Paleontology of Plotting, Part 2

A confession: I am not very good at drafts.

writerevisewriteagainI never have been — not when it came to essays for school and not when it comes to fiction. It’s partly because I don’t write sequentially. I tend to write the start, the end, and a couple of major points in the middle, then play connect-the-dots. That lends itself to a lot of adjustment-on-the-go. Part of why I like Nano months so much is that it cuts down on that — but, at the same time, just going for the word count can also mean generating scenes that don’t end up fitting into the overall narrative.

And believe me, I know the drawbacks to working this way. It’s easy to get caught in a loop, and there certainly does come a point where you have to decide the thing is complete so you can step back, read it all the way through, and evaluate more holistically. But for my personal process, a certain amount of re-writing as I go is how I excavate — how I tell myself the story.

This is where I’m at on one of my projects right now. Probably 75% of the way through a first draft, I’ve realized there are some elements that aren’t useful. Common wisdom would say to leave them be for now, until I’ve finished the full draft, but so far that hasn’t been working for me. (Plus, not ditching the bits that aren’t working prevents me from having an accurate conception of my overall word count). I’m at connect-the-dots point anyway, where I’m finding the little things that need to chain the major scenes together, so for the way my brain works, it’s just as easy to trim and adjust while I’m in the middle of that process. Trying to work around the things I know I want to get rid of or change would mean a lot of wasted energy.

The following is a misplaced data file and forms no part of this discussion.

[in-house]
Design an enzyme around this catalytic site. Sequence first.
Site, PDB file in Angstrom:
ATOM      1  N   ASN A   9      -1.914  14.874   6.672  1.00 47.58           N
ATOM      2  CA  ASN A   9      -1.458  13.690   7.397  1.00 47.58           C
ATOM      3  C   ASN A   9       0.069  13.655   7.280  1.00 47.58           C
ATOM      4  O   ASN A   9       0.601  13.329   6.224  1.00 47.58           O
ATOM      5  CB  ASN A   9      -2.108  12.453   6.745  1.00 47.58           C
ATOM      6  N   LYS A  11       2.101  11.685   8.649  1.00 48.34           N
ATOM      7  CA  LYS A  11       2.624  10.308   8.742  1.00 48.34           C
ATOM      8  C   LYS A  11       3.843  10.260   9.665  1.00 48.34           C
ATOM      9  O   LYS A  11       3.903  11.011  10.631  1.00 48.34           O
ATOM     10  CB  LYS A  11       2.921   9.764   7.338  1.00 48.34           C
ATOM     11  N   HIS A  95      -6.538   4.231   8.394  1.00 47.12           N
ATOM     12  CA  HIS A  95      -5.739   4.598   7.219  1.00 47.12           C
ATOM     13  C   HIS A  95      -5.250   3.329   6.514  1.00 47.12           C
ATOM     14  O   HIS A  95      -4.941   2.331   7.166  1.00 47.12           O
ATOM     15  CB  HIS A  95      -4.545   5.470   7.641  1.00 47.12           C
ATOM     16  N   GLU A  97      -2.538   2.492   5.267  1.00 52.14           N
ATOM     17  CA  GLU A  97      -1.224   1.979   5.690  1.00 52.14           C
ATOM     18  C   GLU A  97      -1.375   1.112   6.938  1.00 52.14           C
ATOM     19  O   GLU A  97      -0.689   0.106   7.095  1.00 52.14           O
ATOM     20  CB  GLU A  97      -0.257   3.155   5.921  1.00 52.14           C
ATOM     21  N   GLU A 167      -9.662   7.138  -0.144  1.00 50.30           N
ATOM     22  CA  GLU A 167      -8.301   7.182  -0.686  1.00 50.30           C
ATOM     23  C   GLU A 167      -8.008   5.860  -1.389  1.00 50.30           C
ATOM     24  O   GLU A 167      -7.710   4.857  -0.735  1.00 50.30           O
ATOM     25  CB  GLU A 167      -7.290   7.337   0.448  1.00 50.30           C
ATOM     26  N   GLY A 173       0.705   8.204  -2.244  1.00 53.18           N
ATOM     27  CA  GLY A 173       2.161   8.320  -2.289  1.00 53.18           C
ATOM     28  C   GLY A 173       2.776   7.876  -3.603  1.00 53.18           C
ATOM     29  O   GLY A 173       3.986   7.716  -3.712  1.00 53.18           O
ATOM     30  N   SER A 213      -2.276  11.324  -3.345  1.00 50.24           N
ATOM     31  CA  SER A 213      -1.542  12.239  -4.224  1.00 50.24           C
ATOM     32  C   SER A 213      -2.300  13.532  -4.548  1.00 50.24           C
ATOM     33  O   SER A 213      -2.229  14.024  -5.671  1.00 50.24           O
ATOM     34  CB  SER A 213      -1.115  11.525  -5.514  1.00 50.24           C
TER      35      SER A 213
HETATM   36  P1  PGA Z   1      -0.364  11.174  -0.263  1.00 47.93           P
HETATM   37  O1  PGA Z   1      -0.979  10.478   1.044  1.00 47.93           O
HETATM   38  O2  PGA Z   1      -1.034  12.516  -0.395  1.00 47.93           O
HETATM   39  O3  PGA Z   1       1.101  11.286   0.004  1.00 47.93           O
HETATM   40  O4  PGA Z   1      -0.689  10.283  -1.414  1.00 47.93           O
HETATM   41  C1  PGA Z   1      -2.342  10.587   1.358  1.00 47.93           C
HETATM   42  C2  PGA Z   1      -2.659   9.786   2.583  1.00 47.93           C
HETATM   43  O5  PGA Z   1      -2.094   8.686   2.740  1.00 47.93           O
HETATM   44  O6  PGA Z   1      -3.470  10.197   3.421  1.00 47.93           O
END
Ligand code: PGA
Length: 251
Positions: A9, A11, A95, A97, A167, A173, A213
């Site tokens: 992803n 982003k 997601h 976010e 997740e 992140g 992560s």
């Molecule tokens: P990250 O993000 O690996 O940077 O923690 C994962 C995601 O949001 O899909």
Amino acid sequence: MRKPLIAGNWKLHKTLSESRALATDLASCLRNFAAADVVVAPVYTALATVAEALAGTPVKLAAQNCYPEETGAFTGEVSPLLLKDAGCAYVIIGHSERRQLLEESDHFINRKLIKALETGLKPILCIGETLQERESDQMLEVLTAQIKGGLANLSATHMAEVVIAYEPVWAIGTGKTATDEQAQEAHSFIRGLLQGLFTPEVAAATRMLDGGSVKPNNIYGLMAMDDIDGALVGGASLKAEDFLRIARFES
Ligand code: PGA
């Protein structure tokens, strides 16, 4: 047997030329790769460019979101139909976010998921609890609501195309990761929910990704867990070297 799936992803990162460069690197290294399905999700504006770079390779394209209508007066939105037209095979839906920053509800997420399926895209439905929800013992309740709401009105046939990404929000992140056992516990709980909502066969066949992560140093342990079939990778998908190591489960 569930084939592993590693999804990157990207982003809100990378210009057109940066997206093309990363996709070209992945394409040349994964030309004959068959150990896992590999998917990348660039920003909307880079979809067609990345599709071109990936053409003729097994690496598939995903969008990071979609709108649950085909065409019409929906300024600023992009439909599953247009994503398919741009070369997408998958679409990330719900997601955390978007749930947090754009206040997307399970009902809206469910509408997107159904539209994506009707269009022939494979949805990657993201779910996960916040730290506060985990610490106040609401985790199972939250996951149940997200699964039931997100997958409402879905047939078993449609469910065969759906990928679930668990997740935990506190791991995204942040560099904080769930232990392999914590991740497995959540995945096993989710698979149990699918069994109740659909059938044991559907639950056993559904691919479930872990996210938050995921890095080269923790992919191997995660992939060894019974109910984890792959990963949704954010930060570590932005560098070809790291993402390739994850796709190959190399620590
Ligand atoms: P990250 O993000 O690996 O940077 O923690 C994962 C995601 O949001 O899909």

To continue my paleontology metaphor, in this case it’s a bit like there were a bunch of other bones tangled up with the frame I’ve been trying to unearth. Some characters have proved extraneous and need to be cut or else merged into others. Some scenes were total false starts. I’m not trying to fix all the nitty-gritty details right now — I’m not trying to do a full revision in the middle of still writing by any means — but clearing away the debris will help me to better shape the components that actually need to be there as I push through to getting a complete manuscript done.

One thought on “Paleontology of Plotting, Part 2

  1. I’m very encouraged to know that I’m not the only one with this kind of crazy process. My plots are also “discovered,” with the attendant false starts, blind alleys, extraneous scenes, and general blundering around in the dark. But oh, when you find your way…

    Like

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